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Chael Sonnen complimentary of Jon Jones before UFC 159

Sonnen: ‘Jon Jones could beat up Mike Tyson and Muhammad Ali in the same day’

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Sam Morris

Anderson Silva rolls out of the way of a punch from Chael Sonnen during their bout at UFC 148 Saturday, July 7, 2012 at the MGM Grand Garden Arena.

UFC 148

Champion Anderson Silva smiles while Chael Sonnen is attended to after Silva scored a second round TKO during their fight at UFC 148 Saturday, July 7, 2012. Launch slideshow »

Chael Sonnen got called out, and it’s in his nature to answer.

This wasn’t by a fighter in the octagon, though. It was from someone in the Mandalay Bay stands at “The Ultimate Fighter 17" finale two weeks ago. While Sonnen signed autographs and took pictures, one fan hollered over the pack to “come over here.”

“Chael goes over there and the guy starts swinging on him, tried to punch him,” UFC President Dana White said. “It was a bad move. They didn’t take him out of there politely. He got bundled up and dragged over every stair on the way out.”

That’s typical of the reactions drawn by the UFC’s most outspoken and polarizing figure. While most aren’t daring, or foolish, enough to swing on a professional fighter, Sonnen has frustrated plenty with his over-the-top antics within the past few years.

Just don’t expect him to add many new faces to that legion this week before his UFC 159 light heavyweight championship bout against Jon Jones (17-1 MMA, 11-1 UFC). Sonnen (27-12-1 MMA, 6-5 UFC) has toned down his act and is on his best behavior.

Sonnen has nothing negative to say about Jones, whom he insists he liked within 30 seconds of meeting him on the “TUF 17" set.

“I hear people insult him a lot, and I’m going, ‘Well, wait a second, this guy is the world champion,'” Sonnen said. “This guy has achieved what everybody else is dreaming of.”

For someone who usually only discusses how badly he’s going to beat his opponents, it’s staggering to hear Sonnen include losing as a possibility before Saturday’s showdown in Newark, N.J.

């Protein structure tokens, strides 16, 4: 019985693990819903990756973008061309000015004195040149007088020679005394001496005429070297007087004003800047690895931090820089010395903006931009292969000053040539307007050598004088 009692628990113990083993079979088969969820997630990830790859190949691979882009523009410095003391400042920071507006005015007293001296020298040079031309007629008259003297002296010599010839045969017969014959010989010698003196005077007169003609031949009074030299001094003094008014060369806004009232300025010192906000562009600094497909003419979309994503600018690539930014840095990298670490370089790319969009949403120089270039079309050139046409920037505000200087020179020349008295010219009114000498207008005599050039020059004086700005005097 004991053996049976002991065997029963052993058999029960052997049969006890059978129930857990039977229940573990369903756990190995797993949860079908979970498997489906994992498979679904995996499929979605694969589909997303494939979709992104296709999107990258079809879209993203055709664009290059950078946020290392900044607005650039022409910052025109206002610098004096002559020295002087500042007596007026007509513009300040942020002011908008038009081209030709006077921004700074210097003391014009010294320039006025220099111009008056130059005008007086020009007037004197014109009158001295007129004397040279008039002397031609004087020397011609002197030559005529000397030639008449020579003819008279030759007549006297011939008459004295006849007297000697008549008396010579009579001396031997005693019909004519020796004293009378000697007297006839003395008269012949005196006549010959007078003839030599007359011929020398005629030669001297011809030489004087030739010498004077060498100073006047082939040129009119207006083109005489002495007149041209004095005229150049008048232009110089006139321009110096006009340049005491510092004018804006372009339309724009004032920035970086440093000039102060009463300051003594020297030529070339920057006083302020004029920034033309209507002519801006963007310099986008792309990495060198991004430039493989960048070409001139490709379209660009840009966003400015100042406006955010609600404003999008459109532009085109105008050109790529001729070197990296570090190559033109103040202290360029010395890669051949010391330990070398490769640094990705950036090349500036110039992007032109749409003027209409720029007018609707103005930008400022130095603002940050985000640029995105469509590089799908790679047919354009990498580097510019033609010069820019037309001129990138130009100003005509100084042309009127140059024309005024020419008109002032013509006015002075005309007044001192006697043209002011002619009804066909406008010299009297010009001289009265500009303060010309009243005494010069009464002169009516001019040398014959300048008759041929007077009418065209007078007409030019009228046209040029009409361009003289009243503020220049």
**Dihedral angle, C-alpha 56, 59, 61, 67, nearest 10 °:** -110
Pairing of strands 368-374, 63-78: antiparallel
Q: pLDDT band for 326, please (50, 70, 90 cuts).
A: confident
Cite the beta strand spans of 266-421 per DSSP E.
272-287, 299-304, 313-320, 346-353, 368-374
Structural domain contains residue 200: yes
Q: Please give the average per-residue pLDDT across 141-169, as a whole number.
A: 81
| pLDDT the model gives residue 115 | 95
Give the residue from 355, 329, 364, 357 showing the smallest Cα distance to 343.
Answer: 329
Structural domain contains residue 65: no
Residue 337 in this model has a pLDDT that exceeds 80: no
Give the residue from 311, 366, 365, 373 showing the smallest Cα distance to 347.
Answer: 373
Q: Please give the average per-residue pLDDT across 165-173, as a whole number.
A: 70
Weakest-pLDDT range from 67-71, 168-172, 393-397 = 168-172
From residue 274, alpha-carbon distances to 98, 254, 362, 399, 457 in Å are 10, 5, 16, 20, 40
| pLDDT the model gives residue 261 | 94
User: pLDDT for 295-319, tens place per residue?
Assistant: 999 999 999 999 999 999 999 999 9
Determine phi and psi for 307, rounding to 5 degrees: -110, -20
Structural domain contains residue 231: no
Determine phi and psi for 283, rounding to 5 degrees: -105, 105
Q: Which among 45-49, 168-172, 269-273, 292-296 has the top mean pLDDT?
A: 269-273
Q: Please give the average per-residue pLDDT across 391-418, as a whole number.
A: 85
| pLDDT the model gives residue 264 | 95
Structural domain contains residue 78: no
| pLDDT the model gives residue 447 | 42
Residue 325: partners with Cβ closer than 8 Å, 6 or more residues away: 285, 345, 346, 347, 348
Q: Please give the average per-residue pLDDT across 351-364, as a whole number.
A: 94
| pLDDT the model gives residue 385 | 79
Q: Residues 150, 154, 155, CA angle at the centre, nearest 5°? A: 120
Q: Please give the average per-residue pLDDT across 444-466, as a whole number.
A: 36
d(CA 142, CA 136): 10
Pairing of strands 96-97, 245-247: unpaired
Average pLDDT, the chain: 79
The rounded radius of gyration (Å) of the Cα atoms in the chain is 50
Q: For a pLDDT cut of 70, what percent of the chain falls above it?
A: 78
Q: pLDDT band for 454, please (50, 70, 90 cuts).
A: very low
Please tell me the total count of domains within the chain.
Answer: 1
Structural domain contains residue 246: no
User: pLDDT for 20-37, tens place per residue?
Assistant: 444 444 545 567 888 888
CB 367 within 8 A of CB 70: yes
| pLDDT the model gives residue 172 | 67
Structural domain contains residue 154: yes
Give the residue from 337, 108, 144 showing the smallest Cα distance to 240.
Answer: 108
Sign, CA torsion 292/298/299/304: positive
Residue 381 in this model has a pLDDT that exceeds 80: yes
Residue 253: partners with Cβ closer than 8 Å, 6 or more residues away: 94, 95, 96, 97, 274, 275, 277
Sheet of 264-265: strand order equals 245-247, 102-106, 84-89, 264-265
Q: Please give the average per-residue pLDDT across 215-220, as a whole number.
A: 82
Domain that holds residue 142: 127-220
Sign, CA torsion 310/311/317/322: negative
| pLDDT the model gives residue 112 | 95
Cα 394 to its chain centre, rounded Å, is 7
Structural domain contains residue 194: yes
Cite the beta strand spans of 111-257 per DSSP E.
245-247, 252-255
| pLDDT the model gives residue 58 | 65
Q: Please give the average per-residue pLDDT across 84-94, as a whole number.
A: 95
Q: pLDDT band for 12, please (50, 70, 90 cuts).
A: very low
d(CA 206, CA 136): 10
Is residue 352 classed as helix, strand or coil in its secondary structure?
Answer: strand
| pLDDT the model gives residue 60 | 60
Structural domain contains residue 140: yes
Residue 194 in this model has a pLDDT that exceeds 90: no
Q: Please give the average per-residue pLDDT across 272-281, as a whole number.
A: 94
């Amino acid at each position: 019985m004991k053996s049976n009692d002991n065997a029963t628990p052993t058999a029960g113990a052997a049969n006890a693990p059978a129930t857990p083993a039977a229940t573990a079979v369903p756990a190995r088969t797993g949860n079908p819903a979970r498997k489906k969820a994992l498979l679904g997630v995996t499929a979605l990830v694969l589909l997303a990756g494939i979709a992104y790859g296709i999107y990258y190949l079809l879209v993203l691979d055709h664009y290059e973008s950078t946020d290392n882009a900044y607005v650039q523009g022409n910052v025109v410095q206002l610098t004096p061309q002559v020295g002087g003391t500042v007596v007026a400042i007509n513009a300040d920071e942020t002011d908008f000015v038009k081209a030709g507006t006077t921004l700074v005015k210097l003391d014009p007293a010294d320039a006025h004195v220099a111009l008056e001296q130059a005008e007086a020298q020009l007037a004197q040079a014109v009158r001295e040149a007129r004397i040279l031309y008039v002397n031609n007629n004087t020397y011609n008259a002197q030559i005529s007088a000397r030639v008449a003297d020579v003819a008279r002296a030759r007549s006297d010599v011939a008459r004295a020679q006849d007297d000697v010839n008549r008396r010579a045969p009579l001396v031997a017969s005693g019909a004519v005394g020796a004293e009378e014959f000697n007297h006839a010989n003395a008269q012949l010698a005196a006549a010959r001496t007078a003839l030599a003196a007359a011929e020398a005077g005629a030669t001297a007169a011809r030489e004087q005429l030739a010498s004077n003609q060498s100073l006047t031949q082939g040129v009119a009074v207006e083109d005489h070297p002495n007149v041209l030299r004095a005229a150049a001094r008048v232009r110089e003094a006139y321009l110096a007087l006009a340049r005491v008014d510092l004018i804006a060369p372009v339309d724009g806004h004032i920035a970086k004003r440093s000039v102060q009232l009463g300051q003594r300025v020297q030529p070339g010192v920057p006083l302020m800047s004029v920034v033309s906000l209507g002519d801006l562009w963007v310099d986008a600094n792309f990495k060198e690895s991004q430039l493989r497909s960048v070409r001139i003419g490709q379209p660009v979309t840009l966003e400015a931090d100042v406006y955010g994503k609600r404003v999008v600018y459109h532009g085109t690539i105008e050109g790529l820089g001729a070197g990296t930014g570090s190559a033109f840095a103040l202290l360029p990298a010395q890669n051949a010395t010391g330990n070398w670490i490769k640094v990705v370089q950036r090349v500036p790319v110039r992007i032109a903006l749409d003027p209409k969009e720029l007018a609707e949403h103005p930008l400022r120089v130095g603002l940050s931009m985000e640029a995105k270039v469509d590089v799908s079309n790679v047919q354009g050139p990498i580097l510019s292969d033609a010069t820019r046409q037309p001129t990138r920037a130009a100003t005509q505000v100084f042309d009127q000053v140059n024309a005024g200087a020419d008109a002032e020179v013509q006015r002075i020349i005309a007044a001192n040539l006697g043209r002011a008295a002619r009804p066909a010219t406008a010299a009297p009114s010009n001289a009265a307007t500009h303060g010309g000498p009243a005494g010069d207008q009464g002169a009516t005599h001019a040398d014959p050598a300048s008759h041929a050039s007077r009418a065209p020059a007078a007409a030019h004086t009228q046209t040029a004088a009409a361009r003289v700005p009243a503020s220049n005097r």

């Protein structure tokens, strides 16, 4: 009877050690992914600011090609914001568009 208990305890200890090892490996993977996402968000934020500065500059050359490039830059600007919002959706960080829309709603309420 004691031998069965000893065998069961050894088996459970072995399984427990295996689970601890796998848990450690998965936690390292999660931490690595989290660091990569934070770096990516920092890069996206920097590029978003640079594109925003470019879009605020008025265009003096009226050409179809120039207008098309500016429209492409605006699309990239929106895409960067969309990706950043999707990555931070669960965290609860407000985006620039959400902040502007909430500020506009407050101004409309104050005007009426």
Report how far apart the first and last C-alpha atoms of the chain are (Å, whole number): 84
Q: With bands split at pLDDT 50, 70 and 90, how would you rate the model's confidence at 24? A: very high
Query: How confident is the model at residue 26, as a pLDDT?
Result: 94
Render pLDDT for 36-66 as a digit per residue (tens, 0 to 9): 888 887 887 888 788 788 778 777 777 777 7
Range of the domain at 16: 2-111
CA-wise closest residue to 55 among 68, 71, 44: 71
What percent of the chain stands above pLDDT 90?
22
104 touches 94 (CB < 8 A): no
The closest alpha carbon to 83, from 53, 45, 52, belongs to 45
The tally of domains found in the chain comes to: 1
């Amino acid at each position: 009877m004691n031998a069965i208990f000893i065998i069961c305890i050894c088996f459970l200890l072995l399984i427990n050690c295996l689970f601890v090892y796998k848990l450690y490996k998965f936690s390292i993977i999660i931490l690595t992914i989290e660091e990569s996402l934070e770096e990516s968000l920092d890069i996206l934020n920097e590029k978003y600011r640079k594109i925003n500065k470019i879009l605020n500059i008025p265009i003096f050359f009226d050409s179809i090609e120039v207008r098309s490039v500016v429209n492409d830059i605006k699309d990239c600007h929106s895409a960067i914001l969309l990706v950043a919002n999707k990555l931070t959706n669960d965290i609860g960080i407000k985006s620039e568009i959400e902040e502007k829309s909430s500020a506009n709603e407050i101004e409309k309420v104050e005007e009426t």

He considers Jones the top pound-for-pound fighter in mixed martial arts.

“I don’t think he understands how good he is,” Sonnen said on a conference call with Jones earlier this week. “For him to pay tribute to Mike Tyson and Muhammad Ali earlier was a very nice thing for him to do. The reality is Jon Jones could beat up Mike Tyson and Muhammad Ali in the same day.”

Jones doesn’t know what to make of Sonnen’s praise, so he’s stayed silent on that subject — but not on everything else.

If anyone in the UFC 159 main event is talking trash, in fact, it’s Jones. The champion tweeted steroid accusations about Sonnen last week. He reportedly told White that Sonnen was the first opponent he’d ever faced that he wanted to hurt.

“I really don’t want to talk about the comment,” Jones said. “It’s something I said but my emotions aren’t overly involved.”

“I’ve studied Chael a lot. I study his interviews. I study his personality and everything. And he’s being himself. I’m comfortable with him. I’ve familiarized myself with who he is and what he needs to do and what he tries to be. And it is just another situation.”

Shades of Sonnen’s regular persona remain. Ask him the right question and he’ll supply one of his witty, premeditated responses like clockwork.

There’s no serious answer coming anytime soon, for instance, on what Sonnen says to the masses that believe he’s an undeserving challenger for Jones.

“Whether I earned it or not, I’m a Republican,” Sonnen proclaimed. “I don’t talk in those terms. I take what I want and that’s it.”

Sonnen’s light heavyweight shot at the title Saturday doubles as his return to the weight class. The longtime middleweight hasn’t competed in the 205-pound division since 2005, when he lost to Renato "Babalu" Sobral in his UFC debut.

But he makes light of the situation through poking at Anderson Silva, who beat Sonnen twice in two competitive fights, and paying Jones one more tribute.

“If you think Jon and Anderson are even close, I will run through Jon because I ran through Anderson,” Sonnen said. “Now, I don’t think they’re close: I think Jon is considerably better than Anderson. But sometimes I hear that I don’t deserve this fight or I’m not the right guy, but then I hear that Anderson could beat him. Well, you’ve got to be kidding me because I stomped Anderson twice.”

Case Keefer can be reached at 948-2790 or [email protected]. Follow Case on Twitter at twitter.com/casekeefer.

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